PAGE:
The History of the United States' Golden Presidential Dollars

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Take a look in your car’s cup holders or that jar of loose change lurking in the kitchen cabinet. Do any glints and glimmers of gold catch your eye? If so, you might count yourself among the lucky owners of a Presidential $1 — a relatively rare and decidedly novel type of coinage that features engravings of U.S. presidents’ faces and the Statue of Liberty, all done up in a warm, golden metal blend that we don’t see too often in U.S. currency.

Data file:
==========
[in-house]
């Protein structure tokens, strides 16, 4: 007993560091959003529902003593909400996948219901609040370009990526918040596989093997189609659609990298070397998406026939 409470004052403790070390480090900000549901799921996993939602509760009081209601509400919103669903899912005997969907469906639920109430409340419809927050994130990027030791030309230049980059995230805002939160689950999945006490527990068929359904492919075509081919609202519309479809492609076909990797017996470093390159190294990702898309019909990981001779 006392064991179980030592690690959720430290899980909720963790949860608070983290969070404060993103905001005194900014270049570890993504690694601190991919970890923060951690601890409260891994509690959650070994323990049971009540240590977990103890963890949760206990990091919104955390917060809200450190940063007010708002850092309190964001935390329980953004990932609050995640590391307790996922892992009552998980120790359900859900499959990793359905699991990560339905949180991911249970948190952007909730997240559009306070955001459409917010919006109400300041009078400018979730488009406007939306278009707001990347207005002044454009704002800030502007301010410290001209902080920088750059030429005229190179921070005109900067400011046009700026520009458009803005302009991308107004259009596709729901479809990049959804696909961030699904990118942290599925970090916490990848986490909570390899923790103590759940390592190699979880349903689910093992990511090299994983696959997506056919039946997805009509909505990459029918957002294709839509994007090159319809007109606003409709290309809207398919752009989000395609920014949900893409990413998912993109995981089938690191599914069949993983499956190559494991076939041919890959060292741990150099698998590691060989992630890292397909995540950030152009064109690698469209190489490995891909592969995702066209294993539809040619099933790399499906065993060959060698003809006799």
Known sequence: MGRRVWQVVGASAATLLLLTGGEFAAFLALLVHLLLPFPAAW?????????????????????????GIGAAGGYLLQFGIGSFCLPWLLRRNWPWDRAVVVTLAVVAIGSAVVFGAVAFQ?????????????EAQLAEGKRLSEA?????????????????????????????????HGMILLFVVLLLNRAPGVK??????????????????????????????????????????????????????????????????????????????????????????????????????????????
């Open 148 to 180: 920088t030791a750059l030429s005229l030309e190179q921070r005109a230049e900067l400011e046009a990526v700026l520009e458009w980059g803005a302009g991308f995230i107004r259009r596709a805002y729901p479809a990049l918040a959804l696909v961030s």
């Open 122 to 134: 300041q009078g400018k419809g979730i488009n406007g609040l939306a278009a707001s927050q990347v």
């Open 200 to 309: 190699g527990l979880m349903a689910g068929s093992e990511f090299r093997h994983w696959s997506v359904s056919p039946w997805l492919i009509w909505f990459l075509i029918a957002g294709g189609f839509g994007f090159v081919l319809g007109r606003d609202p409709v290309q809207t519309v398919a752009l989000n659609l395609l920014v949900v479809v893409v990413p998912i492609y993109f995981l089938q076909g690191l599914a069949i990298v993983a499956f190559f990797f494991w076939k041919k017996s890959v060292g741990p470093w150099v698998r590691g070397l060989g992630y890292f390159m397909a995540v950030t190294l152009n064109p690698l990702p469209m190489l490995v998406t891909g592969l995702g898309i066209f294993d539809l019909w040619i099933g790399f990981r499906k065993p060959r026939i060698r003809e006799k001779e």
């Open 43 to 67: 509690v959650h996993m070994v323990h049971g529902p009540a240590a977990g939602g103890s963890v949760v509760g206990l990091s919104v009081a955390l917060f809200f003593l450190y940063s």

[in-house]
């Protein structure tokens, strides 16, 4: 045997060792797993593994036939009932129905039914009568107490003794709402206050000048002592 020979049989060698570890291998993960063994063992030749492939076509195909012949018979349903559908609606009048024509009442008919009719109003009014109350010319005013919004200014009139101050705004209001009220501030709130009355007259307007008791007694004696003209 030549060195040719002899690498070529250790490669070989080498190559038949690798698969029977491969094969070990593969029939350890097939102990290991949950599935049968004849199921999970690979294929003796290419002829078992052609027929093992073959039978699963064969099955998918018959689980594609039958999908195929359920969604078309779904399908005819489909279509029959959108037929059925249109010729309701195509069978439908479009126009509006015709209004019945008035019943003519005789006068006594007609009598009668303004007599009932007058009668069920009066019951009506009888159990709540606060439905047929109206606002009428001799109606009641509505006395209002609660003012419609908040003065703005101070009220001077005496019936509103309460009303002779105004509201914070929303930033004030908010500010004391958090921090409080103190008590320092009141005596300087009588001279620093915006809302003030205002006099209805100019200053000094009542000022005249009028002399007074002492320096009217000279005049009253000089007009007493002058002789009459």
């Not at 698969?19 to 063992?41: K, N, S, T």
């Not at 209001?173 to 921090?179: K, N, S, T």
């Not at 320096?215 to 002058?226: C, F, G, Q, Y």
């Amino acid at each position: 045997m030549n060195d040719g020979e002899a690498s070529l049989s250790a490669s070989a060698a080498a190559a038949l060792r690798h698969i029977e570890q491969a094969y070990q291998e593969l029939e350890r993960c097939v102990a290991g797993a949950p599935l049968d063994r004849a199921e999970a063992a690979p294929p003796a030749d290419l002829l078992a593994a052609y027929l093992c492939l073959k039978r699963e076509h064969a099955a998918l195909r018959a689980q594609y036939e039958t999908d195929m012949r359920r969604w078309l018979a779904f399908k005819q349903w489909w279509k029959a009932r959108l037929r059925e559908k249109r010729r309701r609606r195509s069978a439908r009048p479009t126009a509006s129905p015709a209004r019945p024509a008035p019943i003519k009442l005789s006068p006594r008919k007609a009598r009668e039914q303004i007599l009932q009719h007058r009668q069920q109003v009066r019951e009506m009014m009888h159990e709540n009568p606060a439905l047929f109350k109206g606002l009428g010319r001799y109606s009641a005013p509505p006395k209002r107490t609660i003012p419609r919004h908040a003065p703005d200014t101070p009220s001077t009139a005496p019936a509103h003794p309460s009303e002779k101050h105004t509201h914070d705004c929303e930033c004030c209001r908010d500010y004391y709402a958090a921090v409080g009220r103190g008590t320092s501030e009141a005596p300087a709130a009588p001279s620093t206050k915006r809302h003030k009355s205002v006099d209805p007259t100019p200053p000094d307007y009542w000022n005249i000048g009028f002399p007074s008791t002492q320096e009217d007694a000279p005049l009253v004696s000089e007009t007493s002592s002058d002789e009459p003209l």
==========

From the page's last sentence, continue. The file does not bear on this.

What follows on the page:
For just a few years in the early 2000s, the U.S. Mint oversaw the Presidential $1 Coin Program, which produced special coins that honored, as you might have guessed, American presidents. But not every U.S. head of state ended up with their likeness boldly born in bas-relief on the faces of our spare change. And that’s just one element of what makes these coins so interesting. Whether you fancy yourself an aspiring numismatist or an armchair historian, you’ll enjoy broadening your understanding of this U.S. Mint program — and maybe even learning what these coins could be worth today.

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